Verses 27-33: Our Saviour shows how near akin his doctrine and baptism were to those of John; they had the same design and tendency, to bring in the gospel kingdom. These elders did not deserve to be taught; for it was plain that they contended not for truth, but victory: nor did he need to tell them; for the works he did, told them plainly he had authority from God; since no man could do the miracles which he did, unless God were with him.

 


David Burnette's Life Application

Your Prayers Can Move Mountains

Each day we walk through the Bible chapter by chapter making an application of our text to help us grow in the Lord. Many applications can be made from each day's text. Today we continue in the book of Mark with Chapter 11. In our text today we see Jesus' Ministry in Jerusalem before palm branches and praises of the Jews, He clears the temple of money changers, rebukes the Pharisees, and teaches on faith explaining how it can move mountains. In making application we see that our faith and prayers can still move mountains. How about you? Are you facing a Mountain? Let us learn from our text today and the Ministry and Words of Jesus who instructs us to pray by faith and if we do our prayers will have the ability to Move Mountains.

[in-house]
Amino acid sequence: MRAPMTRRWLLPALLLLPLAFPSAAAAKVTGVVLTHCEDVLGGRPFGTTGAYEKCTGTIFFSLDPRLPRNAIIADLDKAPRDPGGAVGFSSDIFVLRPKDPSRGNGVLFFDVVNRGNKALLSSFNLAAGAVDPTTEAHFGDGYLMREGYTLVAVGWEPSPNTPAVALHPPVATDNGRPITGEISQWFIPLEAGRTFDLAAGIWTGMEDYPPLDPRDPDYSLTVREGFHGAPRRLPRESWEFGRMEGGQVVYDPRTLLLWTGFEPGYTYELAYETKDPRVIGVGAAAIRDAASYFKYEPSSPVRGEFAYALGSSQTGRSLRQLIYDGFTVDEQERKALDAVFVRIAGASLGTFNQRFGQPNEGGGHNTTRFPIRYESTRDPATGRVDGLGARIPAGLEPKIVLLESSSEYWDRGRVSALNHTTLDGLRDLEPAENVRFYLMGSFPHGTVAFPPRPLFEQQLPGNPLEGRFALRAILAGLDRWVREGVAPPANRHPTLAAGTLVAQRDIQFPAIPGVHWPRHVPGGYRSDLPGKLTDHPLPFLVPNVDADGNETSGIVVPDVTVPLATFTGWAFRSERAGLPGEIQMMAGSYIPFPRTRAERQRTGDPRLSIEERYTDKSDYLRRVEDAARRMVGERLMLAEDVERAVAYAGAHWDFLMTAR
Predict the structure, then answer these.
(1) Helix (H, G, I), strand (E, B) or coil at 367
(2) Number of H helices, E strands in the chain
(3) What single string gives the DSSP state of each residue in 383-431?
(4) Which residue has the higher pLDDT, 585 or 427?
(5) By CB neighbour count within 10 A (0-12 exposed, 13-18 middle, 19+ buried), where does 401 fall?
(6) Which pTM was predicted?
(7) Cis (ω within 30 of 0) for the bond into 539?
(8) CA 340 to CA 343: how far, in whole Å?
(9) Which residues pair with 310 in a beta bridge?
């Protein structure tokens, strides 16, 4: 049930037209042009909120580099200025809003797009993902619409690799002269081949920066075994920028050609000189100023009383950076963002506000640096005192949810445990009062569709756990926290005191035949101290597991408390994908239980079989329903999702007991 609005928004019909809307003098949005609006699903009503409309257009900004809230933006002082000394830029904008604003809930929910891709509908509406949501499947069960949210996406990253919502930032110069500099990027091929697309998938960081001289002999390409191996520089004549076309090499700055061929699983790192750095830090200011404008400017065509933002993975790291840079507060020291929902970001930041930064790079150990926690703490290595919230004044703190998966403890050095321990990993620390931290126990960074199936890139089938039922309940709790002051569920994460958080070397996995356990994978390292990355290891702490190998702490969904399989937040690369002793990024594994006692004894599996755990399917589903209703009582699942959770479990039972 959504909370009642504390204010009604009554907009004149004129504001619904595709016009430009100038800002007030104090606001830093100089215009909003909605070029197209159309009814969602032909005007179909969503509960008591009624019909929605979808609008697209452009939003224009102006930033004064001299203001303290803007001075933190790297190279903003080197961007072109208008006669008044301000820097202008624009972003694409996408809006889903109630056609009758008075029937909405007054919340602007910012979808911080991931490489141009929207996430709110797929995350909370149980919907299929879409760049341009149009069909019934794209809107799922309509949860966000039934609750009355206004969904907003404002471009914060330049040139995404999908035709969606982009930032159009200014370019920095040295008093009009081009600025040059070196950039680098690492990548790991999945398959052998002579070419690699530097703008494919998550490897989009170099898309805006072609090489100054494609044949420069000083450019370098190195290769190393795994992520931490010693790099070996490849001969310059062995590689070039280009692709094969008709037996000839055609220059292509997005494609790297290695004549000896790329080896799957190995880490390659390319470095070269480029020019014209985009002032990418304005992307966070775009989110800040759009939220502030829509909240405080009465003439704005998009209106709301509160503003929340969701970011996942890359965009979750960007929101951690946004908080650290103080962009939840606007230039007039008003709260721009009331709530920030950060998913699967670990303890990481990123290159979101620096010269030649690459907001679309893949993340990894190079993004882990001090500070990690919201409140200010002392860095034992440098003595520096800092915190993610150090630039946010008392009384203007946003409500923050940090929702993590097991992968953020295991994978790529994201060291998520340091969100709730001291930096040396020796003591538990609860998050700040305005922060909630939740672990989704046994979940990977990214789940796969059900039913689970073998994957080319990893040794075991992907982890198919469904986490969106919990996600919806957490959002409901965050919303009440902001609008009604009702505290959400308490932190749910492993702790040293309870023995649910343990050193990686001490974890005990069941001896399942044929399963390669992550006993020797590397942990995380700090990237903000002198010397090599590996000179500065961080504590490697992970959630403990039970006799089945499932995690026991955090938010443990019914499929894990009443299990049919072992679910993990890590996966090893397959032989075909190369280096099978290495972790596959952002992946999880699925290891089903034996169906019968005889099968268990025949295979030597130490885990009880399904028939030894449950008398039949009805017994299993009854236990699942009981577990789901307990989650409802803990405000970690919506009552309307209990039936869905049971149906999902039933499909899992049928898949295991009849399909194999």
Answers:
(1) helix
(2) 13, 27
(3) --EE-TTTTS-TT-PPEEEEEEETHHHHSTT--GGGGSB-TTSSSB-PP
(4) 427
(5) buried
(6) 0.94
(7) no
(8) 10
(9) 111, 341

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Mark 11

Mark 11

 1And when they came nigh to Jerusalem, unto Bethphage and Bethany, at the mount of Olives, he sendeth forth two of his disciples,

 2And saith unto them, Go your way into the village over against you: and as soon as ye be entered into it, ye shall find a colt tied, whereon never man sat; loose him, and bring him.

 3And if any man say unto you, Why do ye this? say ye that the Lord hath need of him; and straightway he will send him hither.

 4And they went their way, and found the colt tied by the door without in a place where two ways met; and they loose him.

 5And certain of them that stood there said unto them, What do ye, loosing the colt?

 6And they said unto them even as Jesus had commanded: and they let them go.

 7And they brought the colt to Jesus, and cast their garments on him; and he sat upon him.

 8And many spread their garments in the way: and others cut down branches off the trees, and strawed them in the way.

 9And they that went before, and they that followed, cried, saying, Hosanna; Blessed is he that cometh in the name of the Lord:

 10Blessed be the kingdom of our father David, that cometh in the name of the Lord: Hosanna in the highest.

 11And Jesus entered into Jerusalem, and into the temple: and when he had looked round about upon all things, and now the eventide was come, he went out unto Bethany with the twelve.